to A is left exact. Then f is left exact.

Proof. Since A is left exact, it contains the terminal object 1, so f (1) = 1. Thus

we need “only” show that f preserves pullbacks.

In the proof below we systematically use A and B with or without subscripts

to refer to objects in A or B respectively. The proof requires several steps.

(i). Let B = Ai . Then for any A, f preserves the pullback

E Ai

A —B Ai

c c

EB

A

where the right arrow is coordinate inclusion.

Proof. We have

A —B Ai ∼ A

=

and

f (A —B Ai ) ∼ f A ∼ f (A) —f B f (Ai )

= =

because f commutes with sums and so do pullbacks in a topos. Both these

isomorphisms are induced by the coordinate inclusions A —B Ai ’ A. Thus the

’

sum of all the maps f (A —B Ai ) ’ f A —f B f Ai is an isomorphism, so all the

’

individual ones are.

A is the full subcategory of B consisting of sums of objects of A ,

(ii). If

A has ¬nite limits and the restriction of f to A is left exact.

then

Proof. Suppose we are given

Ak

c

E

Aj Ai

For each j, de¬ne Aji so that

E Ai

Aji

c c

E

Aj Ai

7.3 Morphisms of Sites 251

is a pullback, and similarly de¬ne Aki for each k. Because pullbacks distribute

over sums,

E

i,j,k Aji —Ai Akl Ak

c c

E

Aj Ai

is a pullback. This proves that pullbacks and hence all limits exist in A . Since

sums and all the pullbacks used in the preceding construction are preserved by

A.

f , f preserves these pullbacks, and therefore all ¬nite limits in

We will henceforth assume that A is closed under sums.

(iii). f preserves pullbacks of diagrams of this form:

E B2

B1 —A B2

c c

EA

B1

In particular, f preserves monos whose target is in A .

Proof. By Exercise 8, Section 6.8, B1 is the colimit of objects Ai , i running over

some index set, and B2 is the colimit of objects Aj , j running over a di¬erent

index set. For each i and j, form the pullback Ai —A Aj . Then B1 —A B2 is the

colimit of these pullbacks for i and j ranging over their respective index sets.

Then we calculate

f (B1 —A B2 ) ∼ f (colim(Ai —A Aj ) ∼ colim f (Ai —A Aj )

= =

∼ colim f Ai —f A f (A ) ∼ f (B1 ) —f A f (B2 )—¦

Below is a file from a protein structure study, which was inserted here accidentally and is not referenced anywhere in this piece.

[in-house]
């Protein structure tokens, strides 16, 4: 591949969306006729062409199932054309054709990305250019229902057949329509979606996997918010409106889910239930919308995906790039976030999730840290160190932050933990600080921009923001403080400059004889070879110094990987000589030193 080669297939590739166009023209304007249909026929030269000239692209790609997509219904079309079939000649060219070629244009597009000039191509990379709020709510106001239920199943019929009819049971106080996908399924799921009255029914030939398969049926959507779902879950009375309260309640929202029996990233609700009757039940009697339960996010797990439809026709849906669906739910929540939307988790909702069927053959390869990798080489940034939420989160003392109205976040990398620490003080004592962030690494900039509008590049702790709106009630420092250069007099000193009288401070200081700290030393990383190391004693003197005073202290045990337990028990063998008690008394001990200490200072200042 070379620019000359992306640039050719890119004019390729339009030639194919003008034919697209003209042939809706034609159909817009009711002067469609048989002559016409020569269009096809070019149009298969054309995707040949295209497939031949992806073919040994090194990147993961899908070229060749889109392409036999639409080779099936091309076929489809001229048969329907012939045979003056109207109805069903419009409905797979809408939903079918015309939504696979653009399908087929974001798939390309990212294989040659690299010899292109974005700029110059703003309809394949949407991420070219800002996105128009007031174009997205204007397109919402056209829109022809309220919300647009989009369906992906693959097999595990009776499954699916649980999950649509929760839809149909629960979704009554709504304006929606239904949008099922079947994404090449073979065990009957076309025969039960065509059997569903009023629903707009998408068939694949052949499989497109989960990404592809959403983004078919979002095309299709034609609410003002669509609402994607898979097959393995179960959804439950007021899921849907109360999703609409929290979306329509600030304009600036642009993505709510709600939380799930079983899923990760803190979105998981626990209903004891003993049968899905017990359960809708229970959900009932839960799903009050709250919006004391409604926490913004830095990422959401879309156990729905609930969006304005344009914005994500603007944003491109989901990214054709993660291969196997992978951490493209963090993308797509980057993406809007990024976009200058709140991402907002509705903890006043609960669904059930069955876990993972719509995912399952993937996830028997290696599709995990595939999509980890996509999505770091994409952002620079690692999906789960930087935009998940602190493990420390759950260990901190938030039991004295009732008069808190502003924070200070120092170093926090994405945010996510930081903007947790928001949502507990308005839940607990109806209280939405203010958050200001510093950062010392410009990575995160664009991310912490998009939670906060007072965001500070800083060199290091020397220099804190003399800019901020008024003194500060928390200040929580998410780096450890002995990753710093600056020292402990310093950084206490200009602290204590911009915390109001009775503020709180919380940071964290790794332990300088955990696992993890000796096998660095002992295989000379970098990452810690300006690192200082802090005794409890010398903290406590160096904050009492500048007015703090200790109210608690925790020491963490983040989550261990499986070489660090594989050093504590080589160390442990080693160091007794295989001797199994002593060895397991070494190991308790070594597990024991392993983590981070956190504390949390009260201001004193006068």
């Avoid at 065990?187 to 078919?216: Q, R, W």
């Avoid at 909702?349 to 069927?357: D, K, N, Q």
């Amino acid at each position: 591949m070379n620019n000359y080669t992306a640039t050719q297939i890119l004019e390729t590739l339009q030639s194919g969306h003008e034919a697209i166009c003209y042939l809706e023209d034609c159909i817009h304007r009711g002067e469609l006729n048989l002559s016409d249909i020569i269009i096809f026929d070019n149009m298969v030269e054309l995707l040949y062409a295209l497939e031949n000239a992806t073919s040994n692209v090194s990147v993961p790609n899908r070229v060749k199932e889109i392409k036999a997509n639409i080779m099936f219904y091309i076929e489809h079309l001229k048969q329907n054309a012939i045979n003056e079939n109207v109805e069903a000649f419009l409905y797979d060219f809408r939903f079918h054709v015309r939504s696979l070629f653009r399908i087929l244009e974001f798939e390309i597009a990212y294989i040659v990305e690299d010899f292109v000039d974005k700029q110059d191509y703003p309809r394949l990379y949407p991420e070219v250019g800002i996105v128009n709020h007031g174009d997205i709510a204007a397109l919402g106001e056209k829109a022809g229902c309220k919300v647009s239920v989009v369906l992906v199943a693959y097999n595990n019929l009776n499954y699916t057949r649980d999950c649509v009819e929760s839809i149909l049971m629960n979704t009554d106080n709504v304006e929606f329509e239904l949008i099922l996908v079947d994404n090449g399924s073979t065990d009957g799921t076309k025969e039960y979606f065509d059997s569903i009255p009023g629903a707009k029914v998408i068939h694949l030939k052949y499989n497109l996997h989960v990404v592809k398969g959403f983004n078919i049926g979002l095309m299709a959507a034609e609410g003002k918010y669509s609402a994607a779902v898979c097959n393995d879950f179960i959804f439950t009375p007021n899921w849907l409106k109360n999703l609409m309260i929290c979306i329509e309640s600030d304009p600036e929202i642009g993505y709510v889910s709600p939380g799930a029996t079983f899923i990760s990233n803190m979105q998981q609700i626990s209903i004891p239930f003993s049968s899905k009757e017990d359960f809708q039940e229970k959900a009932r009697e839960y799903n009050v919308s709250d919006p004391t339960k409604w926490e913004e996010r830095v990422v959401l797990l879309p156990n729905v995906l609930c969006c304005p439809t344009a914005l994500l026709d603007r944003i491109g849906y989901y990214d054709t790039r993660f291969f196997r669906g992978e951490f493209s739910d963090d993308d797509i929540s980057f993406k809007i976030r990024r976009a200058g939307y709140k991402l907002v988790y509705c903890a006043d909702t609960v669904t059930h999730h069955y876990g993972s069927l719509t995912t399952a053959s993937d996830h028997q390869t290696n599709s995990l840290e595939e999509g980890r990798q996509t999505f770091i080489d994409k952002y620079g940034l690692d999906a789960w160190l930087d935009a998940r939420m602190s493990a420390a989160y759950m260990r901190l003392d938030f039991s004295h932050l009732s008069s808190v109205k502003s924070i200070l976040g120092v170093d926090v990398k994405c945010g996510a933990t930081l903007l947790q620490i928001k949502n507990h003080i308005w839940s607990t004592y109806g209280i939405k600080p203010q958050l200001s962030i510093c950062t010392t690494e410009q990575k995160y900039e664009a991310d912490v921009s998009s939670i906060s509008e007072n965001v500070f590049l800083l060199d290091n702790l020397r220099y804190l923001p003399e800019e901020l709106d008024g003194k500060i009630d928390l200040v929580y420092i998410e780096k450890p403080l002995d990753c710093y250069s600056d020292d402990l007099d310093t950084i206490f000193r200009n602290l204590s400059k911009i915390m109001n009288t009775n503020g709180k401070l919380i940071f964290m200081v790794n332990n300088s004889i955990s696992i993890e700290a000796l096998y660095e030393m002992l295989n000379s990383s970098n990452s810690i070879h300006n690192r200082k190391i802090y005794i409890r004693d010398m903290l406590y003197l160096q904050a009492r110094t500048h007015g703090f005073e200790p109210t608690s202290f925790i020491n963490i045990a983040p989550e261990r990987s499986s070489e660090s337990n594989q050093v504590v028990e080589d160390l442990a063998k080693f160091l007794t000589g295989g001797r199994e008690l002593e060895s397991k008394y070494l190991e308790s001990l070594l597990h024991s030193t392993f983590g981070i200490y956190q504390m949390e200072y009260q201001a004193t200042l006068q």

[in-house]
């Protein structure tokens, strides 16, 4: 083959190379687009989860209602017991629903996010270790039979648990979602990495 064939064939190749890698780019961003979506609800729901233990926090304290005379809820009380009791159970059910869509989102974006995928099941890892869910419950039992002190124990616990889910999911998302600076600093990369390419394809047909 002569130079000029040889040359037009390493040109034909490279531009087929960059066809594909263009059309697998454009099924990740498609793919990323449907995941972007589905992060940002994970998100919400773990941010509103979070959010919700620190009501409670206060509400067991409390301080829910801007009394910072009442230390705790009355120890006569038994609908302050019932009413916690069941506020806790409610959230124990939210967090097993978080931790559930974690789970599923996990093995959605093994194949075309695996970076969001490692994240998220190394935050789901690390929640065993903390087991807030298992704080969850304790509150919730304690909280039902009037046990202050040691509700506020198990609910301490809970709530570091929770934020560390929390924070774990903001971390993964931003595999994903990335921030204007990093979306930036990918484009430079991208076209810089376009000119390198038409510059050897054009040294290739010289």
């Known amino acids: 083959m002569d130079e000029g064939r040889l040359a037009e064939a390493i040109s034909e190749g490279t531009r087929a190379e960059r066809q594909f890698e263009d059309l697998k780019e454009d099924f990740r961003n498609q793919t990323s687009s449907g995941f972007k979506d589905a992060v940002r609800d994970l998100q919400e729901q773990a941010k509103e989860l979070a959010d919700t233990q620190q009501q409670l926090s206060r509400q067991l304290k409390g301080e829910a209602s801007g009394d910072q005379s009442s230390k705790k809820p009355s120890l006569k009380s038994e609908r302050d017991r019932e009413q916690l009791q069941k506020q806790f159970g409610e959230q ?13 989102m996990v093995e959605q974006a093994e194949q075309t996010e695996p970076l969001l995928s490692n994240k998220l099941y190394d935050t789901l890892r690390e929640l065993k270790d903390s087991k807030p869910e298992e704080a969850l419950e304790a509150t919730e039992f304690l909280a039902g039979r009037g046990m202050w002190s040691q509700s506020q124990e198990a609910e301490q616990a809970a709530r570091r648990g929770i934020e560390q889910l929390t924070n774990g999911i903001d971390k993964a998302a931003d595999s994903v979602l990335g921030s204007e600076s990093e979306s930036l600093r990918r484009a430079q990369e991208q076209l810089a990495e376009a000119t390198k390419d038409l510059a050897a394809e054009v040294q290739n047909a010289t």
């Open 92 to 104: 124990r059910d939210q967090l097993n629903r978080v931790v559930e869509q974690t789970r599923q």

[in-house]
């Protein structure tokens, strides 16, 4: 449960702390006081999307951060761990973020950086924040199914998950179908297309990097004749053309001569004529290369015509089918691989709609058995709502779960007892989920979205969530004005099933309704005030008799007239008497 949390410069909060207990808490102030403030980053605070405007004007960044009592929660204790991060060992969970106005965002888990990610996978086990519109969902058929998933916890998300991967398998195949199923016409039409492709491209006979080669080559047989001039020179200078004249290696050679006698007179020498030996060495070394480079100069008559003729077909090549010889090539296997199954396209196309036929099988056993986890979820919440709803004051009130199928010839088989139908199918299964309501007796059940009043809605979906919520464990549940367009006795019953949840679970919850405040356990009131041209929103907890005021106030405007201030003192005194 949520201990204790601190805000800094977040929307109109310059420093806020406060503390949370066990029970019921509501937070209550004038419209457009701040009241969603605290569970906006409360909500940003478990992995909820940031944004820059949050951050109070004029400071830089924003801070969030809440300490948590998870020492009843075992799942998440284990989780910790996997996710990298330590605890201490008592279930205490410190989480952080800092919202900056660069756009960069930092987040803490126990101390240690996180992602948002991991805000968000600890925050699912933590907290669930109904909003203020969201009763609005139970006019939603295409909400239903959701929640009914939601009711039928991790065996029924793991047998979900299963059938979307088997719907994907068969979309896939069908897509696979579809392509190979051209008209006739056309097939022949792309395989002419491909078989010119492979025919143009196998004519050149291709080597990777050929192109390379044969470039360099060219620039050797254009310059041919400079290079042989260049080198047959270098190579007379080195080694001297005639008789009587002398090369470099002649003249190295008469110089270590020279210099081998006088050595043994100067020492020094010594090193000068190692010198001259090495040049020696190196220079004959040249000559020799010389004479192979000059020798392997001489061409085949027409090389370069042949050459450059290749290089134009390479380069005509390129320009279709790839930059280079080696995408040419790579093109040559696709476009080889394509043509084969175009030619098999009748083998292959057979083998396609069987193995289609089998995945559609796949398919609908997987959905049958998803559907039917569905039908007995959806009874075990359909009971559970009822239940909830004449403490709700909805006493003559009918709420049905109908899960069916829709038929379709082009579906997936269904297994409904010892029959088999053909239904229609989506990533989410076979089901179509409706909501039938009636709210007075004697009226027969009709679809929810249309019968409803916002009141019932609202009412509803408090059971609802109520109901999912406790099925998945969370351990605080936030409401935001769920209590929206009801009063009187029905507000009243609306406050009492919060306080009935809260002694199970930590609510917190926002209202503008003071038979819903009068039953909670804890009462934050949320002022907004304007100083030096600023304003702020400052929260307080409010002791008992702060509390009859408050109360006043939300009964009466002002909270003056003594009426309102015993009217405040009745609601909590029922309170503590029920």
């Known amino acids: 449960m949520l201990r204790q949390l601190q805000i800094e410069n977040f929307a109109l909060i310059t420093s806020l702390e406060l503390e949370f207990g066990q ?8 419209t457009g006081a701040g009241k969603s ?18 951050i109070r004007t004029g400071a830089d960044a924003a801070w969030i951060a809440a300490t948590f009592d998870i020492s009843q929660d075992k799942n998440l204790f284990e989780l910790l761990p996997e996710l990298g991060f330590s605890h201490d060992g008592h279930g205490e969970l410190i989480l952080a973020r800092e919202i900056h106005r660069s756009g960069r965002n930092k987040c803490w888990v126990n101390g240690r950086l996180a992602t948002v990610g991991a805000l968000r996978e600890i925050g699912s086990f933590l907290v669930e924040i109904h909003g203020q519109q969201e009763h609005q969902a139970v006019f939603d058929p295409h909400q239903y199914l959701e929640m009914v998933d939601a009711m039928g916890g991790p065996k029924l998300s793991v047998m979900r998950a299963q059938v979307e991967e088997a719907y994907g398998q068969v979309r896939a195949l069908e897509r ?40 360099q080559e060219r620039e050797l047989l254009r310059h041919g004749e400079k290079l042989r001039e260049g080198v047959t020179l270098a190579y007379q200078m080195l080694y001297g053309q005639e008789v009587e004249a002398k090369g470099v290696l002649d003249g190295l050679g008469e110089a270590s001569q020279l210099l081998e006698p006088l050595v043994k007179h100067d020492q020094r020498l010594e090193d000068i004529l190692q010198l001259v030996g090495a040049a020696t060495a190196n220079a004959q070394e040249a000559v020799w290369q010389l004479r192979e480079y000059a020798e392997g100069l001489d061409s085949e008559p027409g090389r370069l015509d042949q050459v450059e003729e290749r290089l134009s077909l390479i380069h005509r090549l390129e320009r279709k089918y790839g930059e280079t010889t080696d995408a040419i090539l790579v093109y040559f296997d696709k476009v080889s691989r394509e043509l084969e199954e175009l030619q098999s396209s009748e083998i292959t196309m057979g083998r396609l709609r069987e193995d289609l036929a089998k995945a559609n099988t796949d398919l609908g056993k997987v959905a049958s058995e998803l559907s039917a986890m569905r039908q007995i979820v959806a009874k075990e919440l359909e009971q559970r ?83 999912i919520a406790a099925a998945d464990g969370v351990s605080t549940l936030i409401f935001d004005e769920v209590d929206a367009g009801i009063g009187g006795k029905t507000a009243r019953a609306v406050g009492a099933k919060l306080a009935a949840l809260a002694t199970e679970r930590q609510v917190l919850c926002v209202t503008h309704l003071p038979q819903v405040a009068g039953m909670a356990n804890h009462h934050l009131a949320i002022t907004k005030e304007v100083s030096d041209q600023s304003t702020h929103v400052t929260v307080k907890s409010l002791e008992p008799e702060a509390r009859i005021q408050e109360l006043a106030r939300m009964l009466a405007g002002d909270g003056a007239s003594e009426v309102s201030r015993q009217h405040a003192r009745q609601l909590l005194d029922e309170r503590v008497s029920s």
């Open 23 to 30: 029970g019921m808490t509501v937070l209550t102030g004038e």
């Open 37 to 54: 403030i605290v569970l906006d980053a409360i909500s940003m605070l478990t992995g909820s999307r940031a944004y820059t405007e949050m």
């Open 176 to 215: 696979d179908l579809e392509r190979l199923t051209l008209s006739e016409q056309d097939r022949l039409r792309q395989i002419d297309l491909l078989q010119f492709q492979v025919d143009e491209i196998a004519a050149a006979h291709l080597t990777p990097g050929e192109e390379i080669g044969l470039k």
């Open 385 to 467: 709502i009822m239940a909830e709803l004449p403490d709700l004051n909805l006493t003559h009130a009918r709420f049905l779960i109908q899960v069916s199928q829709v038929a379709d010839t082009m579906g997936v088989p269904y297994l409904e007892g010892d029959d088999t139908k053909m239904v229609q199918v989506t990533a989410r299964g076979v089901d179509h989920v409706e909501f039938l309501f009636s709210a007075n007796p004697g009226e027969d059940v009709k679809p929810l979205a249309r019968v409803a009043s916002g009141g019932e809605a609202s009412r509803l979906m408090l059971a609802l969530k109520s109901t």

= =

j

(iv). f preserves pullbacks

E A2

A1 —B A2

c c

EB

A1

in which the two maps to B are joint epi.

Proof. Let A = A1 + A2 . Under the hypothesis, A ’ B is an epi whose kernel

’

pair is the disjoint sum

E = A1 —B A1 + A1 —B A2 + A2 —B A1 + A2 —B A2

252 7 Representation Theorems

E is an equivalence relation whose transitivity is equivalent to the existence

of an arrow E —A E ’ E (the ¬ber product being the pullback of one projection

’

against the other) satisfying certain equations. This pullback is of the type shown

in (iii) to be preserved by f . It follows that f E is transitive on f A. The fact

that E is a subobject of A — A implies in a similar way that f E is a subobject

of f (A — A) ∼ f (A) — f (A). Symmetry and re¬‚exivity are preserved by any

=

functor, so f E is an equivalence relation on f A. Hence it is the kernel pair of its

coequalizer. Since f preserves colimits, that coequalizer is f A ’ f B. So letting

’

Aij = Ai —B Aj and Cij = f Ai —f B f Aj for i, j = 1, 2, both rows in

E E fB

f (A1,1 ) + f (A1,2 ) + f (A2,1 ) + f (A2,2 ) E fA

= =

c Ec c

E fB

C1,1 + C1,2 + C2,1 + C2,2 E fA

are kernel pairs, so the left vertical arrow is an isomorphism, from which it follows

that each component is an isomorphism. The second component is the one we

were interested in.

(v). Given the pullback

E A2

A1 —B A2

c c

EB

A1

the induced map f (A1 —B A2 ) ’ f (A1 ) —f B f (A2 ) is monic.

’

Proof. This follows from the diagram

E f (A1 — A2 )

f (A1 —B A2 )

∼

=

c c

E f A1 — f A2

f A1 —f B f A2

where the horizontal arrows are induced by the mono A1 —B A2 ’ A1 — A2 (and

’

so are mono by (iii)) and the fact that if the composite of two arrows is monic

then so is the ¬rst one.

7.3 Morphisms of Sites 253

(vi). Given the pullback

E A2

A1 —B A2

c c

EB

A1

the induced map f (A1 —B A2 ) ’ f (A1 ) —f B f (A2 ) is epic.

’

Proof. Since A is closed under sums, every object B has a presentation A ’ B

’

(epi). Form the following diagram

E A2

A1 —A A2

d

d